Bionic Boots, developed by Keahi Seymour from Solihull, UK. Inspired by the stride of an ostrich, high-tensile springs imitate the achilles of those animals to allow any human to run at approximately 25mph
Sculptor Olaf Holzapfel's installation 'Drei Bruecken' ('Three bridges') in the forest near Dresden, Germany.
The piece is in response to the topic, 'Technik und Landschaft' ('Technology and countryside').
A model of a suspended monorail system on display at the 2014 China International Industry Fair in Shanghai, China
30 August 2015
Erasmus is a student exchange programme in the EU which has a very low UK takeup but which people who have actually completed seem to enjoy. Maybe it is the whiff of kumba-yah that puts young Brits off.
Was the Humans TV series any good?
Profile: Kevin Warwick
Kevin Warwick is well known for his research in cybernetics. He is Deputy Vice-Chancellor (Research) at Coventry University and author of ‘Artificial Intelligence: the Basics’
Profile: David Wood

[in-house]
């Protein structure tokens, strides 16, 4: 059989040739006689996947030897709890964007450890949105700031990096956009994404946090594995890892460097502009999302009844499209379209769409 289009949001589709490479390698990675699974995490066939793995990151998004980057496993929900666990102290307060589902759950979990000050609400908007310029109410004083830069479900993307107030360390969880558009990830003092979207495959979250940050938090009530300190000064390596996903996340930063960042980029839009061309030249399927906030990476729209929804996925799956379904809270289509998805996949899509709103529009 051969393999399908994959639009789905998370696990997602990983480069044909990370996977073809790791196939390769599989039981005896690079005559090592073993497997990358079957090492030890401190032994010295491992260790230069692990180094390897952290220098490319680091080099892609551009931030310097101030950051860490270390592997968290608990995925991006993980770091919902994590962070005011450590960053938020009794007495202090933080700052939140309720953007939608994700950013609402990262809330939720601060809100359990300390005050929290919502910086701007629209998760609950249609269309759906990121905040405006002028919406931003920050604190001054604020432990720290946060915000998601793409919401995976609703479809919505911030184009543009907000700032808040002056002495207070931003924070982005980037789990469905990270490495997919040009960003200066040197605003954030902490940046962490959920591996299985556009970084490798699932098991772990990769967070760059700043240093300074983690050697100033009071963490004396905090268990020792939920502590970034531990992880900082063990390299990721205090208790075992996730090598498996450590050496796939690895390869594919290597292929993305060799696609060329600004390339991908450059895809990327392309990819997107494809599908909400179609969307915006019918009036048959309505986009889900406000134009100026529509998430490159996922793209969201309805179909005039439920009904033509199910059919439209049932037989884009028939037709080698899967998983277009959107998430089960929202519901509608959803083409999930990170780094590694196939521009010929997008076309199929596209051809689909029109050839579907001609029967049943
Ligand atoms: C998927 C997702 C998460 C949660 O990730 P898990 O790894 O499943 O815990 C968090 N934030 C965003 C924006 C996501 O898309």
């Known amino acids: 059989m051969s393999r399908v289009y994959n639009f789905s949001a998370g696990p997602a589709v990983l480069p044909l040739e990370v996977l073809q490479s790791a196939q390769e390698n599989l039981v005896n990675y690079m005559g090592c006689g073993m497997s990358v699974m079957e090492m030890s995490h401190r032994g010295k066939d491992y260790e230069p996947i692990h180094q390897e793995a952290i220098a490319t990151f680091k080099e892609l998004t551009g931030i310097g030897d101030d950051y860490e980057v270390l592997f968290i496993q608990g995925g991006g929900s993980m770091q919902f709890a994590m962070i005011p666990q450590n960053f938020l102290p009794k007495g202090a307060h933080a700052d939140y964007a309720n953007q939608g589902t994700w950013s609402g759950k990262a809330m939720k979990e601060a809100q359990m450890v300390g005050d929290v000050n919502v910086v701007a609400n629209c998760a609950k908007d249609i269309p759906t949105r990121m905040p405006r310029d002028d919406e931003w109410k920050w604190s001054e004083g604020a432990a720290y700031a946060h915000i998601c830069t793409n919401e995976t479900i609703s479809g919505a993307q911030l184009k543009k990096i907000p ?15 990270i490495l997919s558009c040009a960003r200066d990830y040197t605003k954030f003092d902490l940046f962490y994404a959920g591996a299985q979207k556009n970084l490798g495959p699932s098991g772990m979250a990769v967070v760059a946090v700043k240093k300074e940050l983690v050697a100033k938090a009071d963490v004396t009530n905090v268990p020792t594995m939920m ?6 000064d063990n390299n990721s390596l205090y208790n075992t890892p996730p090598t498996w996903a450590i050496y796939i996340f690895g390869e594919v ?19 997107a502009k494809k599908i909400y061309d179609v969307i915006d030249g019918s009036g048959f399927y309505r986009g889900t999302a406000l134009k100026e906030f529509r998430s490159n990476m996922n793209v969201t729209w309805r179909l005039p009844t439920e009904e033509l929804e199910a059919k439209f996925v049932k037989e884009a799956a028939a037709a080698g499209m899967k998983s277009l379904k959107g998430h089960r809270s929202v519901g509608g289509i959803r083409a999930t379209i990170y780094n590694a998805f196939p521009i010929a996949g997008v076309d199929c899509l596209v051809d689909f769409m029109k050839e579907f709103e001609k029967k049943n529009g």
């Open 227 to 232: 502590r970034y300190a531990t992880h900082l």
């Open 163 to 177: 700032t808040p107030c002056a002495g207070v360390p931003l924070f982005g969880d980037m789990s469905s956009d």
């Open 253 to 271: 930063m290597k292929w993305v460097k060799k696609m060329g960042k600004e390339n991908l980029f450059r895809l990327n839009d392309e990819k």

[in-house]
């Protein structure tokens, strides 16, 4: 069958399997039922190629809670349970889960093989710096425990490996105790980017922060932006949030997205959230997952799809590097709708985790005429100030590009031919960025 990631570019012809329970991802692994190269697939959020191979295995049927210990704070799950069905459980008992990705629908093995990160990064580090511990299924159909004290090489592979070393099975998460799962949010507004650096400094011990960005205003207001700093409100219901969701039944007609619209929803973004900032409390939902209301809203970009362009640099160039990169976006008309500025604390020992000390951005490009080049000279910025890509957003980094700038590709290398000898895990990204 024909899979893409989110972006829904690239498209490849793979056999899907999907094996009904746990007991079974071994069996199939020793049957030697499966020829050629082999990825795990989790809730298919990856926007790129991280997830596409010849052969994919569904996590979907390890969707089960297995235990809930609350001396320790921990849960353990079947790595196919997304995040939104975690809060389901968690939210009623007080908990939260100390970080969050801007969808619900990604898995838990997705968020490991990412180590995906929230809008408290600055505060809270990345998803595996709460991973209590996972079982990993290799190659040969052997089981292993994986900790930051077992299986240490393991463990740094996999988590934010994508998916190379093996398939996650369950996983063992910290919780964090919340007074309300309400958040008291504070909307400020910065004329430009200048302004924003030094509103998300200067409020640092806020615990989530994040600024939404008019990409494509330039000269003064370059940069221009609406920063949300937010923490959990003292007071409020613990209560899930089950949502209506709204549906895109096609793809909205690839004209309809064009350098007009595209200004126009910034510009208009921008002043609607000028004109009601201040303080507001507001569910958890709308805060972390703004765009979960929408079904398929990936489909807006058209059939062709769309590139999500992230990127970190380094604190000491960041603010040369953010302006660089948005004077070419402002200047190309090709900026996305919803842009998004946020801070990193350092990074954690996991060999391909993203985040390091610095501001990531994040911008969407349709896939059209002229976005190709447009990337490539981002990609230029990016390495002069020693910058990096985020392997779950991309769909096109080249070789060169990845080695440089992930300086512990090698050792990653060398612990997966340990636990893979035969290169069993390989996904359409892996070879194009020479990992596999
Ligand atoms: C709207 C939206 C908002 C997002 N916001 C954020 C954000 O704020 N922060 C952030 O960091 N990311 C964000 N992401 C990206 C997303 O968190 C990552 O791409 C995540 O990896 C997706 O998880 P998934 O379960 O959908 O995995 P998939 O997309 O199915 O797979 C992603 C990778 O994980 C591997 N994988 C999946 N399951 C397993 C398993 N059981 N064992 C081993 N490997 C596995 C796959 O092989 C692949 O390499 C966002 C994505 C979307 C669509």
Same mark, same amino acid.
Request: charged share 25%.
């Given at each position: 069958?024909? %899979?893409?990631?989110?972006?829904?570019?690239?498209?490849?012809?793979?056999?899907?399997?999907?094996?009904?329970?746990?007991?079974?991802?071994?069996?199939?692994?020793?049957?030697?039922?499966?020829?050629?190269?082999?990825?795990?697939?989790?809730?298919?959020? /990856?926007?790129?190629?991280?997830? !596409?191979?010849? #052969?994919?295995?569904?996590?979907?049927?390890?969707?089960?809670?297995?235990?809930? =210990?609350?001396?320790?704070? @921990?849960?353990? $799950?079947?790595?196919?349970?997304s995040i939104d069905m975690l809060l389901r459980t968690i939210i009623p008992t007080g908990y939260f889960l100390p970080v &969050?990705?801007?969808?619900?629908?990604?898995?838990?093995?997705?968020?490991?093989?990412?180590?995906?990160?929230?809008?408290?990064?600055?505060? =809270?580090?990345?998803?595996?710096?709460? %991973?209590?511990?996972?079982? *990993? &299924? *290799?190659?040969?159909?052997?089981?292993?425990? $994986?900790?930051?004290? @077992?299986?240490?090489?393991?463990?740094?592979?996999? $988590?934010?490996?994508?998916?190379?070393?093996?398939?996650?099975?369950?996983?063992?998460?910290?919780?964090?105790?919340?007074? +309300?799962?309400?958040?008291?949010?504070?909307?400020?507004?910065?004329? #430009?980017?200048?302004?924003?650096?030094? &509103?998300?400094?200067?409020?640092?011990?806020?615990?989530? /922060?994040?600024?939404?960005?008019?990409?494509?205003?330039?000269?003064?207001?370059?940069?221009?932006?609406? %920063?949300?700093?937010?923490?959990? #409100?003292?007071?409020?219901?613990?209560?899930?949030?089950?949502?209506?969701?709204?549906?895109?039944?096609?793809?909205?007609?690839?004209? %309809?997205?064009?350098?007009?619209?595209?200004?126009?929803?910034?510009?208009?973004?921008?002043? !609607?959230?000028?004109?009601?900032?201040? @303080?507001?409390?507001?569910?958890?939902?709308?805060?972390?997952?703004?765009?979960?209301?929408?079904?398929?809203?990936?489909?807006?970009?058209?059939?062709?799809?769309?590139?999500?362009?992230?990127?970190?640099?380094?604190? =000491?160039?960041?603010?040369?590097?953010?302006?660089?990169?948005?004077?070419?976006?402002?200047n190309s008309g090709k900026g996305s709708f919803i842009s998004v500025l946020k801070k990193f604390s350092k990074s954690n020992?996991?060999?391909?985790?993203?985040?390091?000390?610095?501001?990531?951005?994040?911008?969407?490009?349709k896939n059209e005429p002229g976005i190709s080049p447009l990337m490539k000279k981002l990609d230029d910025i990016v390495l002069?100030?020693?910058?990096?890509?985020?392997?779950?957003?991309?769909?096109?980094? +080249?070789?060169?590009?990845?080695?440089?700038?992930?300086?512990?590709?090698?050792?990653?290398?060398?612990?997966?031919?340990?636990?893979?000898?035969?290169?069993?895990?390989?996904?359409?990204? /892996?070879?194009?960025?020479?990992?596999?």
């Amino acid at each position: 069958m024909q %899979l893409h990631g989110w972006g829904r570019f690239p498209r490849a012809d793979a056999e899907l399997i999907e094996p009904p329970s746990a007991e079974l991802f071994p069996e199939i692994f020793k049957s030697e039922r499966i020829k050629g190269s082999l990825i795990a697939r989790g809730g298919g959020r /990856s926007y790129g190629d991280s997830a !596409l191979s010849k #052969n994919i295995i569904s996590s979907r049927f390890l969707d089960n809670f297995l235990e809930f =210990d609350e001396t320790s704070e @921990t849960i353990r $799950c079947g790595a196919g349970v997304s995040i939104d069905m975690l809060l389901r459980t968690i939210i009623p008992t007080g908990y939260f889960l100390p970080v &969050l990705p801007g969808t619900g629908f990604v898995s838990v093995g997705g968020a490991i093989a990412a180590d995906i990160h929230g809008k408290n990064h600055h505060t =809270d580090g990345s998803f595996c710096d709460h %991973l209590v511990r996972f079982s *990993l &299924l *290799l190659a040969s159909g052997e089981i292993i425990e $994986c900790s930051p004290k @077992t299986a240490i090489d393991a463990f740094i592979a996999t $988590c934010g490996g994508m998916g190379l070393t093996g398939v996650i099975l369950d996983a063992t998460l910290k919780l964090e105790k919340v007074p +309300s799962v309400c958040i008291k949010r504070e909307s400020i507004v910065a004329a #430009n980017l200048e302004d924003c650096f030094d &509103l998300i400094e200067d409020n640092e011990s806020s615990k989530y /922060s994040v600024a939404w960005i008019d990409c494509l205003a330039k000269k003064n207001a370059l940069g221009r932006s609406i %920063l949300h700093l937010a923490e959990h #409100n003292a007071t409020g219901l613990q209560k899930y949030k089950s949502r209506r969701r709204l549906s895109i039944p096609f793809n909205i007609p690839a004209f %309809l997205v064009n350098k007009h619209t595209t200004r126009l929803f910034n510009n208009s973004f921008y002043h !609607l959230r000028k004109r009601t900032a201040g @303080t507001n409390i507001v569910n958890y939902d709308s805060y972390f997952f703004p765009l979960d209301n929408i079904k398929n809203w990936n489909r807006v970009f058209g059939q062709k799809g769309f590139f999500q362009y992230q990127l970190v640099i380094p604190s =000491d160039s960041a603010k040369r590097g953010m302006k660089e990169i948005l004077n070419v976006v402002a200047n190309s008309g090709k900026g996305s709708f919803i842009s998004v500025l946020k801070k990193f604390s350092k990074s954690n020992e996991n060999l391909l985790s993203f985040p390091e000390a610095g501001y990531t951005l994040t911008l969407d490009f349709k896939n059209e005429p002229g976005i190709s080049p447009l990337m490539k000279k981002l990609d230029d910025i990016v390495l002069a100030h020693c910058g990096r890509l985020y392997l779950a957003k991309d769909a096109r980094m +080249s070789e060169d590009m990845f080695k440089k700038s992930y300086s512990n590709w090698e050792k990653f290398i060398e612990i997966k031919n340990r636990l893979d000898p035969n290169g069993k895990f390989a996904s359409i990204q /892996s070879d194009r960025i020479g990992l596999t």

David Wood is chair at London Futurists and former CTO at Accenture Mobility. He has featured in T3’s list of ‘100 most influential people in technology.’
The TV series Humans accurately portrayed AI robots
We consider the myriad security challenges facing IT professionals today.
On the issues facing chip designers today.
A comprehensive look at the issues surrounding data centres, pulling together articles, news and other content from the E&T archives.
The technology of music: writing, recording, producing and mastering.
The new technologies available for treatment of the world's ageing population.
The history and technology of that most famous of shipwrecks: RSS Titanic.
Enterprise ICT is becoming ever-more environmentally-aware. What are the key imperatives driving this change, and how is it affecting technological deployment? E&T reports.
Covering all aspects of space travel and exploration, from Yuri Gagarin's historic first orbit to the latest innovations.
About the production and use of biofuels and the advancement in technology, policy, and investment.
"Our summer watersports special: surfing artificial waves, racing yachts for sport, superyachts for pleasure and much more besides"
- Key component of Hubble successor arrives for assembly
- One-layer LED paves way for green lighting revolution
- Japan sweetens high-speed rail offer to Indonesia
- Self-healing polymer could protect future spacecraft against meteorites
- Smart 3D printed micro-fish could improve detoxification
- Automakers sued over 'dangerous' keyless ignitions